BANGKOK (Reuters) - Anti-government protesters in Thailand objected on Tuesday to proposed November elections, casting in doubt a government peace overture to end a two-month crisis that has paralyzed the economy.
Protest leaders, who had demanded an immediate poll, said they had agreed to enter into a reconciliation process proposed by Prime Minister Abhisit Vejjajiva, but took issue with his offer for a general election on November 14 and said they were not ready to leave their fortified encampment in central Bangkok.
They said Abhisit did not have authority to set an election date and urged him instead to propose a timetable for dissolving parliament — a technicality analysts said could give the protesters an opportunity to seek a better offer.
The timing of elections is the most contentious issue in the plan floated by Abhisit on Monday to end a standoff in which 27 people were killed last month and nearly 1,000 wounded.
“We have agreed unanimously to enter the reconciliation process. We don’t want any more loss of lives,” said Veera Musikapong, chairman of the United Front for Democracy Against Dictatorship, known as the “red shirts.”
“We are suspicious about the timeframe, which is within the power of the election commission and not the prime minister,” he told thousands of supporters at the barricaded site they have occupied since April 3 in Bangkok’s main commercial district.
The red shirts broadly back former Prime Minister Thaksin Shinawatra, a populist multimillionaire who lives in self-imposed exile after his ouster in a 2006 military coup and subsequent conviction for graft.
The timing of when Abhisit dissolves parliament and holds an election is critical. Analysts say both sides want to be in power in September for a reshuffle of the powerful military and police forces, and passing of the national budget.
If Thaksin’s camp prevails and is governing at the time of the military reshuffle, analysts expect big changes including the ousting of generals allied with Thailand’s royalist elite, a prospect royalists fear could diminish the power of the monarchy.
“We want Abhisit to come back to us with a clear parliamentary dissolution date instead of an election date and we will meet and consider it again,” another protest leader, Jatuporn Prompan, told Reuters.
The protesters showed no signs of leaving their 3 sq km (1.2 sq-mile) tented camp in the upscale shopping district. Asked if they would depart on Wednesday, protect leader Jaran Dittapichai said: “No, no, not yet. We cannot just leave immediately.”
The red shirts were likely pushing for an earlier date to dissolve parliament, said independent political scientist Sukhum Nuansakum. “The red shirts are turning the reconciliation offer to their advantage and milking it as much as possible.”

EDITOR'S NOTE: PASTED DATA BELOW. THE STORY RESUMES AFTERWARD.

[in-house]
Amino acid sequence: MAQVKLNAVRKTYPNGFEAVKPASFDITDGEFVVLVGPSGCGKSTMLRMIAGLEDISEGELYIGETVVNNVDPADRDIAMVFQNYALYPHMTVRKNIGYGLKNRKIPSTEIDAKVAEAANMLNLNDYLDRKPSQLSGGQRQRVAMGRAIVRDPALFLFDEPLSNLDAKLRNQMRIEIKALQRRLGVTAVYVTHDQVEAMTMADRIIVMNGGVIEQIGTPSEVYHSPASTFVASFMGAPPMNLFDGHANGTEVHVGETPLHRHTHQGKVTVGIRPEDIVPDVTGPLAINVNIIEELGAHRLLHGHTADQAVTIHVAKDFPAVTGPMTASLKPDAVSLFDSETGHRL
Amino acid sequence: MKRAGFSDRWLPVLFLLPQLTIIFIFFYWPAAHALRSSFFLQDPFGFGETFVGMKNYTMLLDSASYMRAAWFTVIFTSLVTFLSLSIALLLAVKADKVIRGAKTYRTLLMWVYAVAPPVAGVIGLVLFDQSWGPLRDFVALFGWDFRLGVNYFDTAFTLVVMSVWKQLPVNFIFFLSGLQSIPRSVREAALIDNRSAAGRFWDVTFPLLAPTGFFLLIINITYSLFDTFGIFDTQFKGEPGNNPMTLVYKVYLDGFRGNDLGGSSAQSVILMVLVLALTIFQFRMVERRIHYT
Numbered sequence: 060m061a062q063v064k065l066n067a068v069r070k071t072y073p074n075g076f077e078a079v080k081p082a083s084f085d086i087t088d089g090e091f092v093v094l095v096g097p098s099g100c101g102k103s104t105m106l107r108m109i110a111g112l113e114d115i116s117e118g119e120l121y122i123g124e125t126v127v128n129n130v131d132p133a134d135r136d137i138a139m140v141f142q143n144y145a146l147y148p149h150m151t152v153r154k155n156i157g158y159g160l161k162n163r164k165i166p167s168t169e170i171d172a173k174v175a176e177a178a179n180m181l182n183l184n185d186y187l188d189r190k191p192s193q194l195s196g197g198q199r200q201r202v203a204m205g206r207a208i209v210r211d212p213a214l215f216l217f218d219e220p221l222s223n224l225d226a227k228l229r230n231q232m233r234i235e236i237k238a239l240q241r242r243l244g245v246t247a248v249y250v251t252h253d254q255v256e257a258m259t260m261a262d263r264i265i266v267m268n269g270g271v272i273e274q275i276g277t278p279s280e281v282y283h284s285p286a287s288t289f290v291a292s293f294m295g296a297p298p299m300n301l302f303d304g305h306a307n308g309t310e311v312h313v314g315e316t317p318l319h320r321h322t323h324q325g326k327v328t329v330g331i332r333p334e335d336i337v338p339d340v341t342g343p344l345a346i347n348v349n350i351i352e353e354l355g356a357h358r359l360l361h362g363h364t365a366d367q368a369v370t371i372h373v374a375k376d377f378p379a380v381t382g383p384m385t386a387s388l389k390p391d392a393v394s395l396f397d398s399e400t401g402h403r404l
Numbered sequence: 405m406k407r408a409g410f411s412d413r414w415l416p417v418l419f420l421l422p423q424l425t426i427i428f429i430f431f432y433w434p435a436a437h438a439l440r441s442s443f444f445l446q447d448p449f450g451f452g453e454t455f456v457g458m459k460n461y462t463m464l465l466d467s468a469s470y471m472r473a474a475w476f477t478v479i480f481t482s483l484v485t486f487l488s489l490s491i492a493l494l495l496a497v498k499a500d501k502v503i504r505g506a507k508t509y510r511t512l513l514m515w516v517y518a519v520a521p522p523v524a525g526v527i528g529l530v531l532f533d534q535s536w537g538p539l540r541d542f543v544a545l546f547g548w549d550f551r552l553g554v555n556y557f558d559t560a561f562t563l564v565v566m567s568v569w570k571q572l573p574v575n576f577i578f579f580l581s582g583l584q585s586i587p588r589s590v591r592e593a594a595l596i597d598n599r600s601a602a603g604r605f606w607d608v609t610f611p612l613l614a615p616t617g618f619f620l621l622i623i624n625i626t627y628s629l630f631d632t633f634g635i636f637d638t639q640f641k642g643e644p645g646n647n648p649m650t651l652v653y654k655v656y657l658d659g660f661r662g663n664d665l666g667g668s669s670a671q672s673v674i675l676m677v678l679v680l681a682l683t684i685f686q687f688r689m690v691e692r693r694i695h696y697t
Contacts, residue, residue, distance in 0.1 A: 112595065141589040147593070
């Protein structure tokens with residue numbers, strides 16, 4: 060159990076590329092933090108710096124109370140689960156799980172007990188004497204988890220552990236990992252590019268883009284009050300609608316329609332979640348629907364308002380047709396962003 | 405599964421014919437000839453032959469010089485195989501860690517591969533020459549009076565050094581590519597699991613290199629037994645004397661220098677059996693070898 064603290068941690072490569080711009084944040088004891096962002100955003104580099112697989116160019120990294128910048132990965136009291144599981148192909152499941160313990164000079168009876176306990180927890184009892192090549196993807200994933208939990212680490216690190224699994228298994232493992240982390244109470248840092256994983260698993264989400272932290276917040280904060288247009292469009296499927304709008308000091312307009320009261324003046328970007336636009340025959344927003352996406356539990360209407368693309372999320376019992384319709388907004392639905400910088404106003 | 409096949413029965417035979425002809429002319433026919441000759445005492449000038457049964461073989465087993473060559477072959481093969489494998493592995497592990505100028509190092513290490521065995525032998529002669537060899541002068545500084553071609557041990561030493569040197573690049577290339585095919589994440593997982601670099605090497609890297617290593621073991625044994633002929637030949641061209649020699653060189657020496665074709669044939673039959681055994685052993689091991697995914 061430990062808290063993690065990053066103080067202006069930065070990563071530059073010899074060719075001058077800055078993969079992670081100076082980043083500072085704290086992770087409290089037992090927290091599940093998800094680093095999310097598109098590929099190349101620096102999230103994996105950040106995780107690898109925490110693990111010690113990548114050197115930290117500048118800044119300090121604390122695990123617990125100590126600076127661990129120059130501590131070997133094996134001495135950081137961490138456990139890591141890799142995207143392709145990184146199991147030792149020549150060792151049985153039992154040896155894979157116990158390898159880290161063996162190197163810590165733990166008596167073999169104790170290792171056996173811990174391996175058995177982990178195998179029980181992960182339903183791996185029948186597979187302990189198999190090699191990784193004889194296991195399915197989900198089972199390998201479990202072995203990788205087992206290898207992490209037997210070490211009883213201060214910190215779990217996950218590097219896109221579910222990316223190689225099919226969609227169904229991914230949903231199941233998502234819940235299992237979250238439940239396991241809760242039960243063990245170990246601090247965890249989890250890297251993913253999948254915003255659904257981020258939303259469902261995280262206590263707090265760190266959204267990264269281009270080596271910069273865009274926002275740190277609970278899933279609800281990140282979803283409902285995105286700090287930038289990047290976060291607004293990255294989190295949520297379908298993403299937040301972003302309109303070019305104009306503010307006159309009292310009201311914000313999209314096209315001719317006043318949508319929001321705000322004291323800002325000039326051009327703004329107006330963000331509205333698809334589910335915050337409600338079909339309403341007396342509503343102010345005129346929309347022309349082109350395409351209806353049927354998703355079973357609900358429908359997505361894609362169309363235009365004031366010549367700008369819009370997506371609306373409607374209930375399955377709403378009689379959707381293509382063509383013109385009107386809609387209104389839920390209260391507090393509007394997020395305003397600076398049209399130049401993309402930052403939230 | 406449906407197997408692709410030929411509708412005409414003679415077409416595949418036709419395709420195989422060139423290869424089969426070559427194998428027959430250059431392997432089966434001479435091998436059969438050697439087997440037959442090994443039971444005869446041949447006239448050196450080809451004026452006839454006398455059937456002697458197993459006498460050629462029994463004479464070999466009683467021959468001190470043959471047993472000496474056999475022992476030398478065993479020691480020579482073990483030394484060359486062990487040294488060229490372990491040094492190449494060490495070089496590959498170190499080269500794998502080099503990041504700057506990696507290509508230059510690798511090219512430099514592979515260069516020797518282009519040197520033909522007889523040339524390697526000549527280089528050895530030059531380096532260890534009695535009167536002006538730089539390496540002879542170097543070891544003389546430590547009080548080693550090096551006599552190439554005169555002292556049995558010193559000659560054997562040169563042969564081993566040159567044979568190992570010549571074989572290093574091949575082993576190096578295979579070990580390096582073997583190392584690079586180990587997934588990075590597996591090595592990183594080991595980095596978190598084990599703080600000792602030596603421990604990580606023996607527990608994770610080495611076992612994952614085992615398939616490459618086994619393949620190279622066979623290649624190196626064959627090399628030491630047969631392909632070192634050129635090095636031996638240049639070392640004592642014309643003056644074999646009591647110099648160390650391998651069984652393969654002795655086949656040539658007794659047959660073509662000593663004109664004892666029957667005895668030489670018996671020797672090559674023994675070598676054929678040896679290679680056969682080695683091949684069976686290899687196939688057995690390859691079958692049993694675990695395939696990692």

Their leaders took turn on the stage criticizing the government for “divisive policies” — from labeling them “terrorists” to accusing the movement of harboring republicans. They said they would fight those charges.
Earlier on Tuesday, Thailand’s benchmark stock index jumped 4.4 percent as investors focused on a possible end to a stalemate that shattered tourism and hurt foreign investment in one of Southeast Asia’s most promising emerging markets.
An end to the impasse could reignite a rally in Thai stocks, which jumped 15 percent on a $1.8 billion wave of foreign buying from mid-February to April 9, a day before a gun battle in the heart of old Bangkok that killed 25 people and led to a reversal in stock prices as Thailand’s tourism industry withered.
Thai markets are closed for a holiday on Wednesday.
The protesters say Abhisit, who is backed by the royalist establishment, lacks a popular mandate after coming to power in a parliamentary vote 17 months ago heading a coalition cobbled together with military help.
Abhisit had previously offered to dissolve parliament in December, about a year before his term ends.
In a televised statement on Monday, Abhisit set five broad conditions for reconciliation that must be agreed before any election.
The first was that the revered Thai monarchy should not be dragged into politics or “violated.” That follows government accusations some “red shirts” aim to overthrow the monarchy.
The other proposals call for reforms to address social injustice — a key red shirt grievance — an independent body to monitor media bias, an inquiry into recent political violence and reforms that could include constitutional amendments and a review of a five-year ban on politicians allied with Thaksin.
Additional reporting by Panarat Thepgumpanat; Writing by Jason Szep; Editing by Alex Richardson